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Tennessee Legislature OKs Bill Tightening Monument Loophole

Thomas R Machnitzki
Wikimedia Commons (CC BY 3.0)

In a parting shot to Memphis or any other city that would use a legal loophole to remove Confederate statues, the Tennessee General Assembly passed a bill that makes it harder to get around the law.

On Wednesday, the last day of the legislative session, state lawmakers approved a measure that would bar cities from selling or transferring property that has historic memorials without permission from the Tennessee Historical Society — or a court.

The Tennessee Heritage Protection Act limits the removal or changing of historical memorials on public property. In December, leaders in the majority-black city used a legal loophole by selling the city parks to a nonprofit, which swiftly removed the monuments of Confederate President Jefferson Davis and Gen. Nathan Bedford Forrest. Bedford Forrest was a slave trader and early leader in the Ku Klux Klan.

The bill heads to Republican Gov. Bill Haslam, who said he still needs to see the final version before deciding how to act. But he said his view of how the Memphis situation unfolded comes down to the city's property rights.

"I think the unique thing there was Memphis owned that park," Haslam told reporters Friday. "I kind of come back to, whoever owns property should be able to decide what happens on it."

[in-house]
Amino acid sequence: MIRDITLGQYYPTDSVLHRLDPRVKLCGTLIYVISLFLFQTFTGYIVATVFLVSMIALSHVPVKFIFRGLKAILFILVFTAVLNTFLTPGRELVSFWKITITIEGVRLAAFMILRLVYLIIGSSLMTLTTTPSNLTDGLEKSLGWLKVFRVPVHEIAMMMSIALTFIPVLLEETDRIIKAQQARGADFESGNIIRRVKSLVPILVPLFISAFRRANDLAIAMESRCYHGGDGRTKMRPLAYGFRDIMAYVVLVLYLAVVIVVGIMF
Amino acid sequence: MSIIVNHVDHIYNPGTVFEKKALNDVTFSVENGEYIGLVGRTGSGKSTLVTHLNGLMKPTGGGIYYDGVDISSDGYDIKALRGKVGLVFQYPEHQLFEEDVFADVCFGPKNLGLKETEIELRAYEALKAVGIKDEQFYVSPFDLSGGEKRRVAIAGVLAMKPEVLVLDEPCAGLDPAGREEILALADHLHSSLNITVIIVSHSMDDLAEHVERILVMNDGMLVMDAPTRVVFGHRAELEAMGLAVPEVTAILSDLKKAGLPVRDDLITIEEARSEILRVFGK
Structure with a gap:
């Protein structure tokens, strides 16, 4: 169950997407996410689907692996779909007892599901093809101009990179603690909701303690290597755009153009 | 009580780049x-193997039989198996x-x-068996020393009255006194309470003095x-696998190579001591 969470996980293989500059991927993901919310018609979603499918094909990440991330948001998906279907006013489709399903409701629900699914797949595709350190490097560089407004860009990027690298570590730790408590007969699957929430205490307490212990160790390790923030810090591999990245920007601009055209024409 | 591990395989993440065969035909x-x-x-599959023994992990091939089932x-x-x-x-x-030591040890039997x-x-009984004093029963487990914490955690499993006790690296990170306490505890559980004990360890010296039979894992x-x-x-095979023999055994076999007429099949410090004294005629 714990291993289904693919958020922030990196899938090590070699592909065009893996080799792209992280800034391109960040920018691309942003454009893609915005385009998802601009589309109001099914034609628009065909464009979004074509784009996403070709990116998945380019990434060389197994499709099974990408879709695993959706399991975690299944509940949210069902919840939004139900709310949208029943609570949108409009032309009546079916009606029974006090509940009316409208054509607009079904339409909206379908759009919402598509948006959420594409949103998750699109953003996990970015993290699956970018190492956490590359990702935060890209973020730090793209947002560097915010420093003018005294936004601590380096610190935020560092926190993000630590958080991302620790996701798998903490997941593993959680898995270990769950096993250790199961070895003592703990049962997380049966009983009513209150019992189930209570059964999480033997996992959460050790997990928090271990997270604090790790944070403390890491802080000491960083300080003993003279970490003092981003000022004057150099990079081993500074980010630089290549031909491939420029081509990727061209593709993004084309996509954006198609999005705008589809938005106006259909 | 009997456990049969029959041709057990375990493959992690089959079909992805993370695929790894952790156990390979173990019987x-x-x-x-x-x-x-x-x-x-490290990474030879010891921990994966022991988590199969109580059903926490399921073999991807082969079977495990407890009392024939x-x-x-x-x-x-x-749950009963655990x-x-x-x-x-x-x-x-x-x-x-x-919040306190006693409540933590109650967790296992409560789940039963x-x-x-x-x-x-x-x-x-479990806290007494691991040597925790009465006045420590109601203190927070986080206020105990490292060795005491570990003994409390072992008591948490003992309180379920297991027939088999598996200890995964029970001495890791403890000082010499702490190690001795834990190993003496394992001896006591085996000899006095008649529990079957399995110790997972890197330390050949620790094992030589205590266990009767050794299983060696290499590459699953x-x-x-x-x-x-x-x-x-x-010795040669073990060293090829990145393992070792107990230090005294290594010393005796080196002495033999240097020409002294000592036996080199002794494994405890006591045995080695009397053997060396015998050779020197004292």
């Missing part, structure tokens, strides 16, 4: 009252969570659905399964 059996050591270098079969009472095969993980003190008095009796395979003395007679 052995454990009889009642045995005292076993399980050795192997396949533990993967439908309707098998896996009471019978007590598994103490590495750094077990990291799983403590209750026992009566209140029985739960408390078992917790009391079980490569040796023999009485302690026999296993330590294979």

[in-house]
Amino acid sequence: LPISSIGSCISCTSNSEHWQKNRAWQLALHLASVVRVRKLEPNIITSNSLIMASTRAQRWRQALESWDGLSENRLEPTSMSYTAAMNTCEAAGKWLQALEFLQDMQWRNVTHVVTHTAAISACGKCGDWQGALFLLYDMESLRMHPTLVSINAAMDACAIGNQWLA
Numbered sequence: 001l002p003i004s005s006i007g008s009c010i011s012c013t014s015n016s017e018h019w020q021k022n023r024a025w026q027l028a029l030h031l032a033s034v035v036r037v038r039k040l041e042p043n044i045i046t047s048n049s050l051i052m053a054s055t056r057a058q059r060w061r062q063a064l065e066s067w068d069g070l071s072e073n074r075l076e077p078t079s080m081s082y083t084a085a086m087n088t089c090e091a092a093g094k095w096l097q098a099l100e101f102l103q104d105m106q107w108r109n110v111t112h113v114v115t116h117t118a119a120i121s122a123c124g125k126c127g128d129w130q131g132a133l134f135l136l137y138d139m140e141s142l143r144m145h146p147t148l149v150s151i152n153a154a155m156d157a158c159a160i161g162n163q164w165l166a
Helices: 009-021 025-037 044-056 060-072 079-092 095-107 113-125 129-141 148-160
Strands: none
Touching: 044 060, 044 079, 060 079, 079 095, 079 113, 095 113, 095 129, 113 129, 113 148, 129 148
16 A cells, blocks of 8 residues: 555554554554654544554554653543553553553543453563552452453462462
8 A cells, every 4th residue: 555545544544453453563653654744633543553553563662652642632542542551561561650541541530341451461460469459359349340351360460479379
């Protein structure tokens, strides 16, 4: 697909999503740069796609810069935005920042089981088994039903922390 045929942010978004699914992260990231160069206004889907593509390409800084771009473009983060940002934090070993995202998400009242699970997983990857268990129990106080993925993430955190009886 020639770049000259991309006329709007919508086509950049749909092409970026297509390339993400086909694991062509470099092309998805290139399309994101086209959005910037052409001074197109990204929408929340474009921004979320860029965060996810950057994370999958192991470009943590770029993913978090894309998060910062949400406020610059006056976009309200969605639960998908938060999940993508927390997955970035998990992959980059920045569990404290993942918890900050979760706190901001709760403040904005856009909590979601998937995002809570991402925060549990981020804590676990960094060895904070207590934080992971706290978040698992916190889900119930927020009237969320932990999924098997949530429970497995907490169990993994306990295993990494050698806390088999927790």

Lawmakers in Tennessee's Republican-dominated Legislature had vowed to punish Memphis afterward, and the House did so last week by stripping $250,000 from the budget that was to go to Memphis for its bicentennial celebration next year. Lawmakers from Memphis were outraged, calling the move racist and vile.

Memphis Mayor Jim Strickland said the celebration of the city's 200th anniversary would still go as planned.

Cities around the U.S. have sought to bring down Confederate monuments following the racially motivated massacre of nine people at a black church in South Carolina and a violent white supremacist rally in Charlottesville, Virginia. Some proponents of keeping such monuments have said they are part of history and a reminder of Southern heritage.


This story has been edited to correct the date of the Memphis bicentennial to show that it is next year.

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